Wednesday, 21 May 2014

Project Success - there are two dimensions to consider

Project Success is what we all strive for - but how do we define it? In this post, I propose there are two dimensions to consider in terms of success criteria - one for the Project Team and one for the Project Owner.

The Project Triangle is the classic view of a project's success; have the project objectives been delivered to Time, Cost and Quality / Scope criteria? However, while this is appropriate for measuring the success for the project team it doesn't take account of the key reason why the project should be undertaken - the benefits.

The Benefit case is the responsibility of the Project Owner (typically the Project Sponsor) so this is his/her success measure. The Benefit case should be part of the initiation of the project and kept under review during the project. Ideally a Benefit Realisation Plan should be produced during the project to make this more specific and determine how and when it will be measured. Measurement can be many months after the project is closed down.

Project Success - there are two dimensions to consider
A project which fails in one dimension can still succeed in the other. A good example of this is the Sydney Opera House construction project. This project failed spectacularly on the classic TCQ dimension of success. But in terms of benefits delivered, there is more positive news. In strict financial review terms the picture still doesn't look great but what is difficult to quality is the contribution of the Opera House to establishing Sydney (and some say Australia) on the world stage through this iconic structure and world class performing arts centre. 

Success should be measurable

In a race, the winning line should be clearly marked and the same applies to both dimensions of Project success.

For the Project Team, the definition of success should be agreed within the Project Definition in a SMART way. This is likely to involve the Time, Cost, Quality/Scope triangle in some way. If all 3 factors are defined, I will always look to define the priority order. So if the project is under pressure, which factor does the Sponsor really want to achieve at a possible (slight) loss to the other factors? A classic example in IT Projects is that the implementation date of the new system is the critical success factor and the Sponsor may reluctantly accept some reduction in scope or maybe a slight overspend to achieve this.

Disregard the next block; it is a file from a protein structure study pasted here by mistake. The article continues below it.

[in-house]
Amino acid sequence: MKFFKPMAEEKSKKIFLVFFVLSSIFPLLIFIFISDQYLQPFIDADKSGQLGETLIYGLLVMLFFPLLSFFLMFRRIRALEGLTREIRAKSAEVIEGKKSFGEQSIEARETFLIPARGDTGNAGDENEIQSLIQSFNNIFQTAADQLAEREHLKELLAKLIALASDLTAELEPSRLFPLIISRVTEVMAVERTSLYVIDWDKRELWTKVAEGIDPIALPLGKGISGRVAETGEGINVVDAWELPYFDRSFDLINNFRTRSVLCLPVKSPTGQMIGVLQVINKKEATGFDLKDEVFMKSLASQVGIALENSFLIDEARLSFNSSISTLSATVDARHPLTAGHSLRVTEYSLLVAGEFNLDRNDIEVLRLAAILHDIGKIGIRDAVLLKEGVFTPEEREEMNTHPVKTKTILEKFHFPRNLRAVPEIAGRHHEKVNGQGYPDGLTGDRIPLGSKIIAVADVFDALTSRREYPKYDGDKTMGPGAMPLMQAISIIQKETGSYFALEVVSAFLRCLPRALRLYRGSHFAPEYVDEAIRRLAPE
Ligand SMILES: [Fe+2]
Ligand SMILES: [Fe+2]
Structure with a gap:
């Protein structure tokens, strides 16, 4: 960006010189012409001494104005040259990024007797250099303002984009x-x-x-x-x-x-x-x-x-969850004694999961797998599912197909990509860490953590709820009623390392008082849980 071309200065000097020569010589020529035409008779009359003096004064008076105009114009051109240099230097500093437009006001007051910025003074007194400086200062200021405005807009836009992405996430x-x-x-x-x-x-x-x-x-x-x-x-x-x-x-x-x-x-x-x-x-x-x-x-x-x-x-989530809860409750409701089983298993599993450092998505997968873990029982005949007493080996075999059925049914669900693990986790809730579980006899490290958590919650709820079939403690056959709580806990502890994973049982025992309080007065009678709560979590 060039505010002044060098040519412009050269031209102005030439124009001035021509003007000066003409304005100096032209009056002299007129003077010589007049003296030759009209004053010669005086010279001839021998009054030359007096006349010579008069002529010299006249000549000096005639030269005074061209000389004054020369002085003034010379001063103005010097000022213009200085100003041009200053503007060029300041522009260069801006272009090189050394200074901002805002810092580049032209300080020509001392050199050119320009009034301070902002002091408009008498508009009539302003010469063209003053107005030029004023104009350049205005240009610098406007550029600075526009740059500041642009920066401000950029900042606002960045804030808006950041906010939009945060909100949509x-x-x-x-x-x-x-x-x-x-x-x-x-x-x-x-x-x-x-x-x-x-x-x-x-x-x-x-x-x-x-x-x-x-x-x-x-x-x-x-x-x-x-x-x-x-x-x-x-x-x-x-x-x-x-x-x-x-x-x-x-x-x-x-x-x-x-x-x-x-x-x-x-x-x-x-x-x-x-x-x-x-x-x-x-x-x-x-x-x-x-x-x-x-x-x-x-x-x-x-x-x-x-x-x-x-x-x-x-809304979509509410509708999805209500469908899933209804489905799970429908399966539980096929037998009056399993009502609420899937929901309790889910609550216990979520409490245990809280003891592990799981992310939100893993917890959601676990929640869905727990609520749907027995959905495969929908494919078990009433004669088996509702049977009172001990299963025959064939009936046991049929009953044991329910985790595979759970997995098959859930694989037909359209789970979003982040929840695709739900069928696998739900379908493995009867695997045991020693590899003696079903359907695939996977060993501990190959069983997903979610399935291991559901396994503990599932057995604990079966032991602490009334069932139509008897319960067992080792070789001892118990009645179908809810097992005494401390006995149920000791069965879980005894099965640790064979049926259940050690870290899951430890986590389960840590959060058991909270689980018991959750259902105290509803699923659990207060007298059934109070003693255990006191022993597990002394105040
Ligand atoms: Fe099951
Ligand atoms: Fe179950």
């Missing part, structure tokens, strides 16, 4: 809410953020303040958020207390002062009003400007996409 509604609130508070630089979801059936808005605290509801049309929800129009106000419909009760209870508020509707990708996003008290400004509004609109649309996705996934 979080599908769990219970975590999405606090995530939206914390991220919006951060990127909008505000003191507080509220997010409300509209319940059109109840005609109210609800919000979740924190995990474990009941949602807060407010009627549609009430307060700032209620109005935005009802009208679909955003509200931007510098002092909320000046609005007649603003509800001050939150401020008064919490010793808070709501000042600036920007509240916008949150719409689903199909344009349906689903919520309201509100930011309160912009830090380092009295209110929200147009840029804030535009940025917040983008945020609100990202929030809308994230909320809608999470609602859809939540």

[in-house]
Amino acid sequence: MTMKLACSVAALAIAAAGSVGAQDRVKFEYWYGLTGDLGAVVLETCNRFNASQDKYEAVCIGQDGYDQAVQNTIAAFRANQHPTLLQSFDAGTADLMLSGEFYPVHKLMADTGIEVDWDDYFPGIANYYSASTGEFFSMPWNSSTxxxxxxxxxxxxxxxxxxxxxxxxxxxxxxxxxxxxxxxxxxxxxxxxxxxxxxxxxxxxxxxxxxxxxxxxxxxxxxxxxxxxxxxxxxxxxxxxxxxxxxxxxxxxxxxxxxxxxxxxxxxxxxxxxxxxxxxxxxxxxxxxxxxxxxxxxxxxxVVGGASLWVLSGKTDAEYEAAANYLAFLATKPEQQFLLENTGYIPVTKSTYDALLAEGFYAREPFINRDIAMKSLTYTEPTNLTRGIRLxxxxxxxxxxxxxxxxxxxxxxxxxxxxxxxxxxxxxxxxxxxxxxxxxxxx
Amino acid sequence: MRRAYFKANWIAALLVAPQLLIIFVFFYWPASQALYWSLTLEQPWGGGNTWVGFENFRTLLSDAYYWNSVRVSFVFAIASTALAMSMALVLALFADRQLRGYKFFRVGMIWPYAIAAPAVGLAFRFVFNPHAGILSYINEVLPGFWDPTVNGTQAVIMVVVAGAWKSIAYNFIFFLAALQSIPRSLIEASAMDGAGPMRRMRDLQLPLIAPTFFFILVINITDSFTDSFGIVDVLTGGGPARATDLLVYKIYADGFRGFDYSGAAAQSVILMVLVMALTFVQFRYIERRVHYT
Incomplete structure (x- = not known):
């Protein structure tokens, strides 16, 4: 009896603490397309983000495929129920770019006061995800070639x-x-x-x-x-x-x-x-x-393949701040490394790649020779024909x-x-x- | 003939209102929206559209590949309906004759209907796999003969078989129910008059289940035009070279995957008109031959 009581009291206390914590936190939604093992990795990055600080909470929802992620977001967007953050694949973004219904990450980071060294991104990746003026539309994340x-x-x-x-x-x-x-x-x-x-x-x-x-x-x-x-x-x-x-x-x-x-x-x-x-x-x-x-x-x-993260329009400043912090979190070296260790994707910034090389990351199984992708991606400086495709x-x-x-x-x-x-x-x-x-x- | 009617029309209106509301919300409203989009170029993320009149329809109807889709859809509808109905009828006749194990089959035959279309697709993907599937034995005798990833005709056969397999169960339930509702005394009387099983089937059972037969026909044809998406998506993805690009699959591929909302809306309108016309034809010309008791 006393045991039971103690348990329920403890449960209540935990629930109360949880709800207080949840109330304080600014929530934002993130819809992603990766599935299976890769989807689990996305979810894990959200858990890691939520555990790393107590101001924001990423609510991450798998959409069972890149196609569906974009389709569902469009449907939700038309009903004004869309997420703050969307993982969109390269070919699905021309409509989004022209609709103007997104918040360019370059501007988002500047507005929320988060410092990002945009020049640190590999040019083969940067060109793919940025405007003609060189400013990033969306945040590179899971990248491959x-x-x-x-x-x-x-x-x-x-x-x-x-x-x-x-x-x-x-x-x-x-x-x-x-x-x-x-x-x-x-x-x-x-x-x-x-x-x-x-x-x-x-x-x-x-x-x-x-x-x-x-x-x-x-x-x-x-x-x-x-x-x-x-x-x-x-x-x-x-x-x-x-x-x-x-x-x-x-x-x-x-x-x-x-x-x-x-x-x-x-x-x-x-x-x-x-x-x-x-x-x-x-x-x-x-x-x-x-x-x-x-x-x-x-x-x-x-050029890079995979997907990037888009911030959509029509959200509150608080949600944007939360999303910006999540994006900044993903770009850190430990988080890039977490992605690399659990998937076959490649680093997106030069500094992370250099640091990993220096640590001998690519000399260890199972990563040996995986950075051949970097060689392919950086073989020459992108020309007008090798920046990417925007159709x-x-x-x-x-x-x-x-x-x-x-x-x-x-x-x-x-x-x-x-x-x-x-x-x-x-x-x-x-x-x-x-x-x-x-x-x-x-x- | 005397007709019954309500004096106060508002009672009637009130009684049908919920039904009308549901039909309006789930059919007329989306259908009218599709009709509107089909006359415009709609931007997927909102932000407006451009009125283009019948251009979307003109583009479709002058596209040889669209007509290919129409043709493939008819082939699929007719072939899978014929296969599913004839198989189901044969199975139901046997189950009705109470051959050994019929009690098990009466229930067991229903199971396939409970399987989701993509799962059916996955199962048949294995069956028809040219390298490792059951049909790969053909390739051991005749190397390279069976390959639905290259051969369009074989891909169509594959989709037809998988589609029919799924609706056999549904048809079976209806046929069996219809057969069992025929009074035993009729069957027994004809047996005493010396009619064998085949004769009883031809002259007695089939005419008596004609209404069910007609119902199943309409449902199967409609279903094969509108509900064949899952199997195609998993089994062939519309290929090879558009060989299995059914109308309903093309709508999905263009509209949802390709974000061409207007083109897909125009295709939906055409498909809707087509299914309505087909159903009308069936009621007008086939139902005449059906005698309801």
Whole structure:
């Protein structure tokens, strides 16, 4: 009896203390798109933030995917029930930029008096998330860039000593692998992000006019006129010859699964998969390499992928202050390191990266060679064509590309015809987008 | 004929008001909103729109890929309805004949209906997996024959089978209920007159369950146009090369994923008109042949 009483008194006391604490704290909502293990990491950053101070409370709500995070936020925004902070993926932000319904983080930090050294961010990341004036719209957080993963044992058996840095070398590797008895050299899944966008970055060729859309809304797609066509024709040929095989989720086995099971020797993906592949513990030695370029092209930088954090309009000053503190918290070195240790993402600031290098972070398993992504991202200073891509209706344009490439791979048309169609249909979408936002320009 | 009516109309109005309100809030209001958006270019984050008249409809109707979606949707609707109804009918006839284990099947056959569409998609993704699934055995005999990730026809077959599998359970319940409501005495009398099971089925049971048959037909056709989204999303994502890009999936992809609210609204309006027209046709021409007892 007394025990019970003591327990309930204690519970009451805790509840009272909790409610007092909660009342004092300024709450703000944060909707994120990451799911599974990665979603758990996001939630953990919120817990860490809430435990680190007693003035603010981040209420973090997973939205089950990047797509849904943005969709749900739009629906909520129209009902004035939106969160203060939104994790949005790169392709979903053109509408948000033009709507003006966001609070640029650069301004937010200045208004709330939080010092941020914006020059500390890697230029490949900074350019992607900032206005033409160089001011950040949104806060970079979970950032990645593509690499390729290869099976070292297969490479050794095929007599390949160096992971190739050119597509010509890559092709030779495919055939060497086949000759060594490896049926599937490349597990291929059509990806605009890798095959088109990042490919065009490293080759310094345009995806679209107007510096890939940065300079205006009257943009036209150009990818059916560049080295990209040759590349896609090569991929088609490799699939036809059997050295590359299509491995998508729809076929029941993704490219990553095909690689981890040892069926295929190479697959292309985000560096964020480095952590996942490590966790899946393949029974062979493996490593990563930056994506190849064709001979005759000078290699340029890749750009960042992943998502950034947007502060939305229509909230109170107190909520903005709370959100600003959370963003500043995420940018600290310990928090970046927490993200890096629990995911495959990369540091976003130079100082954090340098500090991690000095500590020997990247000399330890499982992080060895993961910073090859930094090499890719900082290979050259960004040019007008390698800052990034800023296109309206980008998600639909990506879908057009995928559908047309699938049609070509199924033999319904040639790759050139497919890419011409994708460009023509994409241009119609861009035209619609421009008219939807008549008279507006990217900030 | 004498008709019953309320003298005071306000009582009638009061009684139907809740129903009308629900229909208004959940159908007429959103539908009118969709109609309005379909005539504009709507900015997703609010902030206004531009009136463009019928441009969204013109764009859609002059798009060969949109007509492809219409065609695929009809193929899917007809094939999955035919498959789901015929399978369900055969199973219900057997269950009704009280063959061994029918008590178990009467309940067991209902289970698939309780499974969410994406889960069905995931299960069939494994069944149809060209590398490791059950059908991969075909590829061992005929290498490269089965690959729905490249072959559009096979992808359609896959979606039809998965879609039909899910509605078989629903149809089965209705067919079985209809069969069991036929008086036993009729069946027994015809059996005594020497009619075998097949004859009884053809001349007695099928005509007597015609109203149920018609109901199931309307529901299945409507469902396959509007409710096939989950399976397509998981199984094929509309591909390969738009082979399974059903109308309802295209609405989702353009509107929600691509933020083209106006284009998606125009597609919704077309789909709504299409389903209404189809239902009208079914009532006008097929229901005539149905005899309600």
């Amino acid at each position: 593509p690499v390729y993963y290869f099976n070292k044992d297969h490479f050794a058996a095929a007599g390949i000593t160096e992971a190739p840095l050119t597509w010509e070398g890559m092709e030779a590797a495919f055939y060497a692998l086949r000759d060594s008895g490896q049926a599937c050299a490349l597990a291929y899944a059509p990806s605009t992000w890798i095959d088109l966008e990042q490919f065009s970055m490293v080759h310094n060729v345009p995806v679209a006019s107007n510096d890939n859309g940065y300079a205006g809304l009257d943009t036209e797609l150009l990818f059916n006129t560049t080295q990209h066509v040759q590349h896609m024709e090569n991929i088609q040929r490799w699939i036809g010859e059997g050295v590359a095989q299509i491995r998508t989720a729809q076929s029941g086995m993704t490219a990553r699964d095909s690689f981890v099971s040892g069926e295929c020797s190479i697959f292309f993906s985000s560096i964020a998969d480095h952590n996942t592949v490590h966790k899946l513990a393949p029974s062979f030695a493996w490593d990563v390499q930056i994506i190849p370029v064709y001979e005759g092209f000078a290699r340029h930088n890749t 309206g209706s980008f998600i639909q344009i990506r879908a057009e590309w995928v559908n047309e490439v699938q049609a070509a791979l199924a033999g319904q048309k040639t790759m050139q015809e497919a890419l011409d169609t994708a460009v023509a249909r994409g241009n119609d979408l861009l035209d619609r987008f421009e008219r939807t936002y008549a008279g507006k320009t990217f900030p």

For the Project Owner, the definition of success starts with the Benefit Case. However, this may need augmentation by a Benefits Realisation Plan, created during Project execution, to more specifically define who and how the benefits will be realised and thus concretely define the Success line.

An Analogy to help understanding

Cook is captain of a sailing ship and crew. Captain Cook has been asked by the Government to deliver some living animals to a remote island in 1770 which are intended to breed and then support a colony on the island in 2 years time. He needs to deliver the animals alive on the island in 2 months time navigating the difficult waters to get there in his sailing ship.

In terms of Project roles:
  • Project Owner => Government
  • Project Manager => Captain Cook
Captain Cook and his crew of merry men can consider the project successful if they deposit the animals alive on the island within the next 2 months. However the Government will only deem the project successful if the animals breed sufficiently to support the colony in 2 years time i.e. the benefits have been realised.

As an aside, after the ship set off, the Government determined that there was an island 100 miles away from the original identified island that would better support life. A carrier pigeon was sent to the ship with the change of plan and the Captain sent one back saying it would take an additional two weeks to get there. He achieved this revised target. This is project change control in the 1700's!!! 

Conclusion

While the traditional TCQ triangle is a relevant criteria for establishing successful project delivery by the project team there is, dare I say, an even more important dimension to establishing whether a project has been successful and this is whether the stated benefits have been realised. This latter dimension is the responsibility of the Project Owner and can often only be measured some time after the project has closed down. Remember that the success line should always be measurable!

1 comments:

You never cease to surprise me Mr Willcox. That was simply brilliant, thank-you.

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